Friday, February 20, 2015

Kate M. Is Recommending
Reporting from the cutting edge of scientific discovery, today's visionary thinkers target the greatest roadblocks to innovation.

Few truly new ideas are developed without first abandoning old ones. In the past, discoveries often had to wait for the rise of the next generation to see questions in a new light and let go of old truisms. Today, in a world that is defined by a rapid rate of change, staying on the cutting edge has as much to do with shedding outdated notions as adopting new ones. In this spirit, John Brockman, publisher of the online salon ("the world's smartest website"--The Guardian), asked 175 of the world's most influential scientists, economists, artists, and philosophers: What scientific idea is ready for retirement?

Jared Diamond explores the diverse ways that new ideas emerge * Nassim Nicholas Taleb takes down the standard deviation * Richard Thaler and novelist Ian McEwan reveal the usefulness of "bad" ideas * Steven Pinker dismantles the working theory of human behavior * Richard Dawkins renounces essentialism * Sherry Turkle reevaluates our expectations of artificial intelligence * Physicist Andrei Linde suggests that our universe and its laws may not be as unique as we think * Martin Rees explains why scientific understanding is a limitless goal * Alan Guth rethinks the origins of the universe * Sam Harris argues that our definition of science is too narrow * Nobel Prize winner Frank Wilczek disputes the division between mind and matter * Lawrence Krauss challenges the notion that the laws of physics were preordained * plus contributions from Daniel Goleman, Mihaly Csikszentmihalyi, Nicholas Carr, Rebecca Newberger Goldstein, Matt Ridley, Stewart Brand, Sean Carroll, Daniel C. Dennett, Helen Fisher, Douglas Rushkoff, Lee Smolin, Kevin Kelly, Freeman Dyson, and others.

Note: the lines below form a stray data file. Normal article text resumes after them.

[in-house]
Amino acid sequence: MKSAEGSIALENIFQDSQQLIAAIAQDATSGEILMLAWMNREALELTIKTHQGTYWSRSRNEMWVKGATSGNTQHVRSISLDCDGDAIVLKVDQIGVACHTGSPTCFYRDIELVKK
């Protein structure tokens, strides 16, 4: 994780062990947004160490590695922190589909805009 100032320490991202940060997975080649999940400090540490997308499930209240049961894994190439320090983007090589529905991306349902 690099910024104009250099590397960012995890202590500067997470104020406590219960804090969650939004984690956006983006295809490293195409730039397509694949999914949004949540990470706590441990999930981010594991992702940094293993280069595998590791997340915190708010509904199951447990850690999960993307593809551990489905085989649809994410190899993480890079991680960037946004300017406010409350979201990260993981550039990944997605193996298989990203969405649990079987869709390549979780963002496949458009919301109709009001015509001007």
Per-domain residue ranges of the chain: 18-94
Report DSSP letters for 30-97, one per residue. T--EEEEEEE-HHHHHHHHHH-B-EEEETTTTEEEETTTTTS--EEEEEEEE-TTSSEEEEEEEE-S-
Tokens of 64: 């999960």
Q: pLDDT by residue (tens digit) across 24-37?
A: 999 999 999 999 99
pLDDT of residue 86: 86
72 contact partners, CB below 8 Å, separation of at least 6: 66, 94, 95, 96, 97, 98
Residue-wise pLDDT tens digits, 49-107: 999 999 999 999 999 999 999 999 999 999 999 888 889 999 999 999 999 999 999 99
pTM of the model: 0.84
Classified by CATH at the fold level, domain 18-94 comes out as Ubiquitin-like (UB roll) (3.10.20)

Menaker State Hospital is a curse, a refuge, a prison, a necessity, a nightmare, a salvation

When Dr. Lise Shields arrived at the correctional psychiatric facility five years ago, she was warned that many of its patients--committed by Maryland's judicial system for perpetrating heinous crimes--would never leave.

But what happens when a place like Menaker is corrupted, when it becomes a tool to silence the innocent, conceal injustice, contain secrets? Why is it that the newest patient does not seem to belong there, that the hospital administrator has fallen silent, and that Lise is being watched by two men with seemingly lethal intent? The answers are closer than she realizes and could cost her everything she holds dear.

In this chilling follow-up to The Absence of Mercy, author John Burley--a master of medical and psychological detail--showcases the many ways in which the dangers of the outside world pale in comparison to the horrors of the human mind.
With the compelling narrative tension and psychological complexity of the works of Laura Lippman, Dennis Lehane, Kate Atkinson, and Michael Connelly, Edgar Award-nominee Lou Berney's The Long and Faraway Gone is a smart, fiercely compassionate crime story that explores the mysteries of memory and the impact of violence on survivors--and the lengths they will go to find the painful truth of the events that scarred their lives.